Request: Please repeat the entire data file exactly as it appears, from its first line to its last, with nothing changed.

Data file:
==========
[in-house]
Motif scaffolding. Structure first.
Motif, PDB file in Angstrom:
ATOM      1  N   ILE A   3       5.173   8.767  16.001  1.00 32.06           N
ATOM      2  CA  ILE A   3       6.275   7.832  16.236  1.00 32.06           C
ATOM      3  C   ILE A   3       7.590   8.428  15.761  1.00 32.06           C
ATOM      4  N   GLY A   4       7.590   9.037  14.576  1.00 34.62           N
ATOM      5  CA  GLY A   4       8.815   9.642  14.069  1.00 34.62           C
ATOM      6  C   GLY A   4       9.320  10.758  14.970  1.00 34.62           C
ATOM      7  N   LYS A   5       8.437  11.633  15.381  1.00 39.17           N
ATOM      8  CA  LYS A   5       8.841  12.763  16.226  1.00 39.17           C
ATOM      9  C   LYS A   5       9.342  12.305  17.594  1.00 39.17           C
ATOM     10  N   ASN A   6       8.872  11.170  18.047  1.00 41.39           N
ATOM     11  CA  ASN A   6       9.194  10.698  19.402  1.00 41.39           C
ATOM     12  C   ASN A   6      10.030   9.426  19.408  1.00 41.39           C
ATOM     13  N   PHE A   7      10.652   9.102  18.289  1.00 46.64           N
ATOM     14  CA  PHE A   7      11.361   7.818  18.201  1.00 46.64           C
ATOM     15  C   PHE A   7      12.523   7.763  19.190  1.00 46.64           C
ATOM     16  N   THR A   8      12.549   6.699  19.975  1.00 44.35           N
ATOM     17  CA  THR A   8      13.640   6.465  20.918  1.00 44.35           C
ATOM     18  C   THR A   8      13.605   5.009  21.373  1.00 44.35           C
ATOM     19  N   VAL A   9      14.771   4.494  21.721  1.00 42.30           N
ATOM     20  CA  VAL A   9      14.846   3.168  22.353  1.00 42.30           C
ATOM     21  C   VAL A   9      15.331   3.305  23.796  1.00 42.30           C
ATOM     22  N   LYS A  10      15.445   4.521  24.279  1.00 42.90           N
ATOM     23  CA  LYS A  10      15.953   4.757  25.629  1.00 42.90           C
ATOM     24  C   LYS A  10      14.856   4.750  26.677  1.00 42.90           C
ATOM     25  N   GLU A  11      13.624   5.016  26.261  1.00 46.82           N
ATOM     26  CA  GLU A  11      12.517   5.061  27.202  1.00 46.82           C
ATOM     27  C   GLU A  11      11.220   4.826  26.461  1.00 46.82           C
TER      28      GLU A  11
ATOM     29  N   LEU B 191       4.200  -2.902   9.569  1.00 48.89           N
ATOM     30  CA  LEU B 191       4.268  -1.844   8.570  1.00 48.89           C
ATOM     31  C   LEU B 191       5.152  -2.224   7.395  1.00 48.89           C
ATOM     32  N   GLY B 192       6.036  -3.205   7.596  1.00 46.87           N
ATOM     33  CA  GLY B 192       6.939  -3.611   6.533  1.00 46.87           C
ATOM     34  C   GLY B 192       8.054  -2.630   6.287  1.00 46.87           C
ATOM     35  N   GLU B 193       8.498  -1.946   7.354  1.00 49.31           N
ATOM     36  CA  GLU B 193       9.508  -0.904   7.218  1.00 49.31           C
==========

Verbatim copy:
[in-house]
Motif scaffolding. Structure first.
Motif, PDB file in Angstrom:
ATOM      1  N   ILE A   3       5.173   8.767  16.001  1.00 32.06           N
ATOM      2  CA  ILE A   3       6.275   7.832  16.236  1.00 32.06           C
ATOM      3  C   ILE A   3       7.590   8.428  15.761  1.00 32.06           C
ATOM      4  N   GLY A   4       7.590   9.037  14.576  1.00 34.62           N
ATOM      5  CA  GLY A   4       8.815   9.642  14.069  1.00 34.62           C
ATOM      6  C   GLY A   4       9.320  10.758  14.970  1.00 34.62           C
ATOM      7  N   LYS A   5       8.437  11.633  15.381  1.00 39.17           N
ATOM      8  CA  LYS A   5       8.841  12.763  16.226  1.00 39.17           C
ATOM      9  C   LYS A   5       9.342  12.305  17.594  1.00 39.17           C
ATOM     10  N   ASN A   6       8.872  11.170  18.047  1.00 41.39           N
ATOM     11  CA  ASN A   6       9.194  10.698  19.402  1.00 41.39           C
ATOM     12  C   ASN A   6      10.030   9.426  19.408  1.00 41.39           C
ATOM     13  N   PHE A   7      10.652   9.102  18.289  1.00 46.64           N
ATOM     14  CA  PHE A   7      11.361   7.818  18.201  1.00 46.64           C
ATOM     15  C   PHE A   7      12.523   7.763  19.190  1.00 46.64           C
ATOM     16  N   THR A   8      12.549   6.699  19.975  1.00 44.35           N
ATOM     17  CA  THR A   8      13.640   6.465  20.918  1.00 44.35           C
ATOM     18  C   THR A   8      13.605   5.009  21.373  1.00 44.35           C
ATOM     19  N   VAL A   9      14.771   4.494  21.721  1.00 42.30           N
ATOM     20  CA  VAL A   9      14.846   3.168  22.353  1.00 42.30           C
ATOM     21  C   VAL A   9      15.331   3.305  23.796  1.00 42.30           C
ATOM     22  N   LYS A  10      15.445   4.521  24.279  1.00 42.90           N
ATOM     23  CA  LYS A  10      15.953   4.757  25.629  1.00 42.90           C
ATOM     24  C   LYS A  10      14.856   4.750  26.677  1.00 42.90           C
ATOM     25  N   GLU A  11      13.624   5.016  26.261  1.00 46.82           N
ATOM     26  CA  GLU A  11      12.517   5.061  27.202  1.00 46.82           C
ATOM     27  C   GLU A  11      11.220   4.826  26.461  1.00 46.82           C
TER      28      GLU A  11
ATOM     29  N   LEU B 191       4.200  -2.902   9.569  1.00 48.89           N
ATOM     30  CA  LEU B 191       4.268  -1.844   8.570  1.00 48.89           C
ATOM     31  C   LEU B 191       5.152  -2.224   7.395  1.00 48.89           C
ATOM     32  N   GLY B 192       6.036  -3.205   7.596  1.00 46.87           N
ATOM     33  CA  GLY B 192       6.939  -3.611   6.533  1.00 46.87           C
ATOM     34  C   GLY B 192       8.054  -2.630   6.287  1.00 46.87           C
ATOM     35  N   GLU B 193       8.498  -1.946   7.354  1.00 49.31           N
ATOM     36  CA  GLU B 193       9.508  -0.904   7.218  1.00 49.31           C